7. DerAdlerIstGelandet

    DerAdlerIstGelandet Der Crew Chief
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    Was not taken as a knock...
     
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  8. Token

    Token Active Member

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    That P-26 is one of my favorite aircraft to see fly at Planes of Fame. Always has been. Whenever I know it will be flying I make the trip. The other big draws for me are the P-38 and the G-32A / F3F (when it comes to visit).

    T!
     
  9. gjs238

    gjs238 Well-Known Member

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    Interesting - I just ASSumed helicopter pilots were generally assigned to a bird, like fixed wing pilots.
     
  10. gjs238

    gjs238 Well-Known Member

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    Awesome! If you don't mind sharing, which birds? I'm assuming Army.
     
  11. DerAdlerIstGelandet

    DerAdlerIstGelandet Der Crew Chief
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    #11 DerAdlerIstGelandet, Sep 3, 2016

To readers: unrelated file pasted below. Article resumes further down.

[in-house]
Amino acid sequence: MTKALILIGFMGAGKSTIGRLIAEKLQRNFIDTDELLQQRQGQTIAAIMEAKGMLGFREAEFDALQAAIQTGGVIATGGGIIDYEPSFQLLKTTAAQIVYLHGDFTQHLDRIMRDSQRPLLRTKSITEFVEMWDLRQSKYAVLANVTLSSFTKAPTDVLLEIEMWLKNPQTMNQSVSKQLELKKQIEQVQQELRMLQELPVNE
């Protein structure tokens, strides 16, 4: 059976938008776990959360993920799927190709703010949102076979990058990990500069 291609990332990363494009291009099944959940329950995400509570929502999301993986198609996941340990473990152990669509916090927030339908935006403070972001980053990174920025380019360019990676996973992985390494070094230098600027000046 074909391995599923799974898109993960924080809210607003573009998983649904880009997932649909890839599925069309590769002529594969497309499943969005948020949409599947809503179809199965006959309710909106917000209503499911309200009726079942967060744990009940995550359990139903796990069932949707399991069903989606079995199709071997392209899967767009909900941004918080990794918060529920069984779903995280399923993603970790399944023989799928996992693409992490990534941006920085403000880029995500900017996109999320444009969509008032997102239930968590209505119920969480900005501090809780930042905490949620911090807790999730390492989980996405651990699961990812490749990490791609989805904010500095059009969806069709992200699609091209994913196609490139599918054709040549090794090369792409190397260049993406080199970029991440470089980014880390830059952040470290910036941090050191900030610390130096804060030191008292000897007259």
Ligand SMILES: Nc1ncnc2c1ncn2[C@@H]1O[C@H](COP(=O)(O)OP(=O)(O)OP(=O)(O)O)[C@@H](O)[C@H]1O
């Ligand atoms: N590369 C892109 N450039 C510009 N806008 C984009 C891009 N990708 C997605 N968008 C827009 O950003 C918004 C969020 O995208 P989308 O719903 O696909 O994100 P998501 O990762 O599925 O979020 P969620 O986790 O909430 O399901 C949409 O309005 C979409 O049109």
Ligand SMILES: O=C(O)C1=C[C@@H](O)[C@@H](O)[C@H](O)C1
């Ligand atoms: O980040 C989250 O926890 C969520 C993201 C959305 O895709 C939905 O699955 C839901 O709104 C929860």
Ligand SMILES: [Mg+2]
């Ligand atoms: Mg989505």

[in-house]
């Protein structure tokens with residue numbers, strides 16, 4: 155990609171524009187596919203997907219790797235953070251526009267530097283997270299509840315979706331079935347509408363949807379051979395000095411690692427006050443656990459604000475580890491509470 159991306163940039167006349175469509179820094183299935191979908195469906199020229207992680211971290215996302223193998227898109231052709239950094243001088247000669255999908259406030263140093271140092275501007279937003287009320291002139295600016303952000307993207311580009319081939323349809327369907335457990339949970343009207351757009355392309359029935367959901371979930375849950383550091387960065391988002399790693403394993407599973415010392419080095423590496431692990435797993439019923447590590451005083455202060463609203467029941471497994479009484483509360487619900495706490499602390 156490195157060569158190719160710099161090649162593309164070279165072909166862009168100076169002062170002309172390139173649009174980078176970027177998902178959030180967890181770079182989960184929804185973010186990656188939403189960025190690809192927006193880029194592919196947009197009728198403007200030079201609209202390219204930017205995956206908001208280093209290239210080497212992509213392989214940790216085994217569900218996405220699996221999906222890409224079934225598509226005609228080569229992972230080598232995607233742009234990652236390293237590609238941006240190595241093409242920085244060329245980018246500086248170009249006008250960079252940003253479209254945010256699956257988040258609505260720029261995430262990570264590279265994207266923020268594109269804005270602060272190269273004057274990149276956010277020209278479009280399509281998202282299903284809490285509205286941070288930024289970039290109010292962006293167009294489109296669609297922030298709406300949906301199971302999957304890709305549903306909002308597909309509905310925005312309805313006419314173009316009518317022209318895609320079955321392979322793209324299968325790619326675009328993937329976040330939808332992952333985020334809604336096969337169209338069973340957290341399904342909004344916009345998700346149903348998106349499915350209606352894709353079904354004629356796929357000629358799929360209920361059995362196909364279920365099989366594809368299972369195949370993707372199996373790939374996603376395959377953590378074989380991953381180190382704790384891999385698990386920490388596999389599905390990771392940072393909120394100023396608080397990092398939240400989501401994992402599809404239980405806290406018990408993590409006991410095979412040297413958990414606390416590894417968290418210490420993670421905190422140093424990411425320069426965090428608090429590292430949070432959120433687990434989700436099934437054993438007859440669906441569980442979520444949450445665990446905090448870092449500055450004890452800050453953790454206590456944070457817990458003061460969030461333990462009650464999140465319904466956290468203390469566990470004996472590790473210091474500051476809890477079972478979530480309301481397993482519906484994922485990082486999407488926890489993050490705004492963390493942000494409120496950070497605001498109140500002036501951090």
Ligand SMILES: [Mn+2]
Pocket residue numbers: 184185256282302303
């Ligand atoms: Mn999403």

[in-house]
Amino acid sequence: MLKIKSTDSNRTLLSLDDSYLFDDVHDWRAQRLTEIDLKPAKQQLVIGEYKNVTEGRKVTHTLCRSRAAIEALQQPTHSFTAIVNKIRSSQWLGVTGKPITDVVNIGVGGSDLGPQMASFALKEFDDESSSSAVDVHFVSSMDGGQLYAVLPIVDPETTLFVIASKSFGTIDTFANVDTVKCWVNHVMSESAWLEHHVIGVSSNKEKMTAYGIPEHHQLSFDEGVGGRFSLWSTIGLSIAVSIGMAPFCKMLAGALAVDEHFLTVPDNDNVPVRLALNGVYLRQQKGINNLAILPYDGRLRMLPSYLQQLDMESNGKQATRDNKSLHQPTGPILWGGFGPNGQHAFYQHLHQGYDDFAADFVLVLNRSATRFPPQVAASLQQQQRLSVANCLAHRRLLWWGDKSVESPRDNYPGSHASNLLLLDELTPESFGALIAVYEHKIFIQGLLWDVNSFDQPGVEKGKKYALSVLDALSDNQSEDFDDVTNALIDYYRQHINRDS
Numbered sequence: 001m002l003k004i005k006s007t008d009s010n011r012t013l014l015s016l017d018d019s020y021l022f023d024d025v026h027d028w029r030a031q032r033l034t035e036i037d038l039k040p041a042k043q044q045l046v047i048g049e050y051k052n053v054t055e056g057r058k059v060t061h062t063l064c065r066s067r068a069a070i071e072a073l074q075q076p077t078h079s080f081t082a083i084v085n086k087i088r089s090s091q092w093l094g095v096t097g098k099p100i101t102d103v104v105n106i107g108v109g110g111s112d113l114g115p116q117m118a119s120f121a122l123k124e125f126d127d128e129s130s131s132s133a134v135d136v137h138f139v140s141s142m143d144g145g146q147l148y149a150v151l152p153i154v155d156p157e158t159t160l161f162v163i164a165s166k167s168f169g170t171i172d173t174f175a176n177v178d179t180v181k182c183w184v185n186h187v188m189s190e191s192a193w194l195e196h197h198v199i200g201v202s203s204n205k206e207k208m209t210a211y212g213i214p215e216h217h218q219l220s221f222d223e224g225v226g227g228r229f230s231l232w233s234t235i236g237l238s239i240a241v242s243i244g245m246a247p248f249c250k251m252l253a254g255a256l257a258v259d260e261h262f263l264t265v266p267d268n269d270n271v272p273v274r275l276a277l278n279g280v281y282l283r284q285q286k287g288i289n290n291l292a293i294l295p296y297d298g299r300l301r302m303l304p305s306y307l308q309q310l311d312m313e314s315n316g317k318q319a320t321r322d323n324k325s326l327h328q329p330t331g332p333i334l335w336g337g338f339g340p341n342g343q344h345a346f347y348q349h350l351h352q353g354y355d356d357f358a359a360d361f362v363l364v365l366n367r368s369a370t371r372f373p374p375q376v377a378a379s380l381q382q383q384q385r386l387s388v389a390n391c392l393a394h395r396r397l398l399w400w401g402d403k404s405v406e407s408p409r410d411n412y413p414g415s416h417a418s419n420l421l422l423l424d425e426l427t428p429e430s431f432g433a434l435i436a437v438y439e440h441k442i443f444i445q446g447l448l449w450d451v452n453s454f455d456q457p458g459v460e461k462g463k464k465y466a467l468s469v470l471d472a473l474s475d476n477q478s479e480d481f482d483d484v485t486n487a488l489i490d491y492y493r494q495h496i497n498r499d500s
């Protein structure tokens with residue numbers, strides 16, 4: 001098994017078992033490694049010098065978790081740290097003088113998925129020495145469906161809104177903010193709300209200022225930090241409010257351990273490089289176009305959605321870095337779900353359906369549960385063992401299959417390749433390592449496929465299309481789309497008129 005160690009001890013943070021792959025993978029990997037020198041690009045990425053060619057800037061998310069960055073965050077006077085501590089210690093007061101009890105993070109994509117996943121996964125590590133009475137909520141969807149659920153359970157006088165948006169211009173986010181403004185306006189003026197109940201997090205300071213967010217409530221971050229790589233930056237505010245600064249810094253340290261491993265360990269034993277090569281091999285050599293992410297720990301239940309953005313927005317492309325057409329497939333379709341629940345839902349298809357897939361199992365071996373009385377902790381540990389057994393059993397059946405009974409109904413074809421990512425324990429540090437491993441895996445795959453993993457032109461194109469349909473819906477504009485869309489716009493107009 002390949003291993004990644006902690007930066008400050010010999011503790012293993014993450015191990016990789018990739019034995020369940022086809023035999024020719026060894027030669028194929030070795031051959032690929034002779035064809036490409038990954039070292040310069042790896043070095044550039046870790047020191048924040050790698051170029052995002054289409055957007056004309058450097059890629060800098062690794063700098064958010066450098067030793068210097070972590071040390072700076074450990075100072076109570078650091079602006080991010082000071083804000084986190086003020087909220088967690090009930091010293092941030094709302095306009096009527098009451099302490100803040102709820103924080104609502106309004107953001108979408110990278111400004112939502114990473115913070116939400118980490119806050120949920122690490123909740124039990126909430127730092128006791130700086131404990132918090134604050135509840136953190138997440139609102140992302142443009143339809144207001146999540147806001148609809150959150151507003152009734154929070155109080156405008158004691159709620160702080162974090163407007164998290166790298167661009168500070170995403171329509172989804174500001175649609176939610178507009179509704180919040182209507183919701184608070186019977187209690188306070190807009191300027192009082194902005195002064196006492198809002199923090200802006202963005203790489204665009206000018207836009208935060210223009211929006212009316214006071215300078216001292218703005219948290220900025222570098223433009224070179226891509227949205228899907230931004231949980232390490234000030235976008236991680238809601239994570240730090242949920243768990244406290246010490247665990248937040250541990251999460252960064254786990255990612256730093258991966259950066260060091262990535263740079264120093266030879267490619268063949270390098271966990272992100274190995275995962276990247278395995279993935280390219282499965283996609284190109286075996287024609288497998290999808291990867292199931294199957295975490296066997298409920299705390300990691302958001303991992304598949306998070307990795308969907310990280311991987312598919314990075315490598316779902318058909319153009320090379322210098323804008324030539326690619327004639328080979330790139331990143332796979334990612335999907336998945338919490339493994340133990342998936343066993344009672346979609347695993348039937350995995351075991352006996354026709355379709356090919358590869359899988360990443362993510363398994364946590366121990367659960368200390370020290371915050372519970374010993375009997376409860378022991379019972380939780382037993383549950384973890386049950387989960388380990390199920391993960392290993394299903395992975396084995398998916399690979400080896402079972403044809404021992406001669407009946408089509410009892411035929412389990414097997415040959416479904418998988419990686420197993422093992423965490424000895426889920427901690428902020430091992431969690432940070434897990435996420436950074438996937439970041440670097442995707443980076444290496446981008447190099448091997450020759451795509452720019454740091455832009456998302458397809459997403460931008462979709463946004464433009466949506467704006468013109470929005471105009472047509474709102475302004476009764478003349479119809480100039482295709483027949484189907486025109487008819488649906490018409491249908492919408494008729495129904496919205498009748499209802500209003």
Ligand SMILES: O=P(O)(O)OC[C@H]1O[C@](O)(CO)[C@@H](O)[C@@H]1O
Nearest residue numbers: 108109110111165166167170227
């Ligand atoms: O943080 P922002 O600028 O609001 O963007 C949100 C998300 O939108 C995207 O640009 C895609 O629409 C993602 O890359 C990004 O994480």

Last edited: Sep 3, 2016
    Nope. Even Crew Chiefs could change. If I was not on the flight schedule for crew rest, but my aircraft was flying, another Crew Chief would crew it.

    Aircraft however were only assigned to Crew Chiefs. Our names were on them. That changed though in Iraq. We were ordered to remove the names for various reasons.
     
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  12. BiffF15

    BiffF15 Well-Known Member

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    To the Wrench Slingers I salute you! Every plane I was loaned brought me back and for that I will be forever grateful!

    Cheers,
    The Guy Who Bent Them
     
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  13. tyrodtom

    tyrodtom Well-Known Member

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    Yes Army , a OH-6. A pretty simple machine as helicopters go.
    Most of the pilots were Warrant officers, several years younger than me. I was 24, several of the WOs were 20-21.
     
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  14. gjs238

    gjs238 Well-Known Member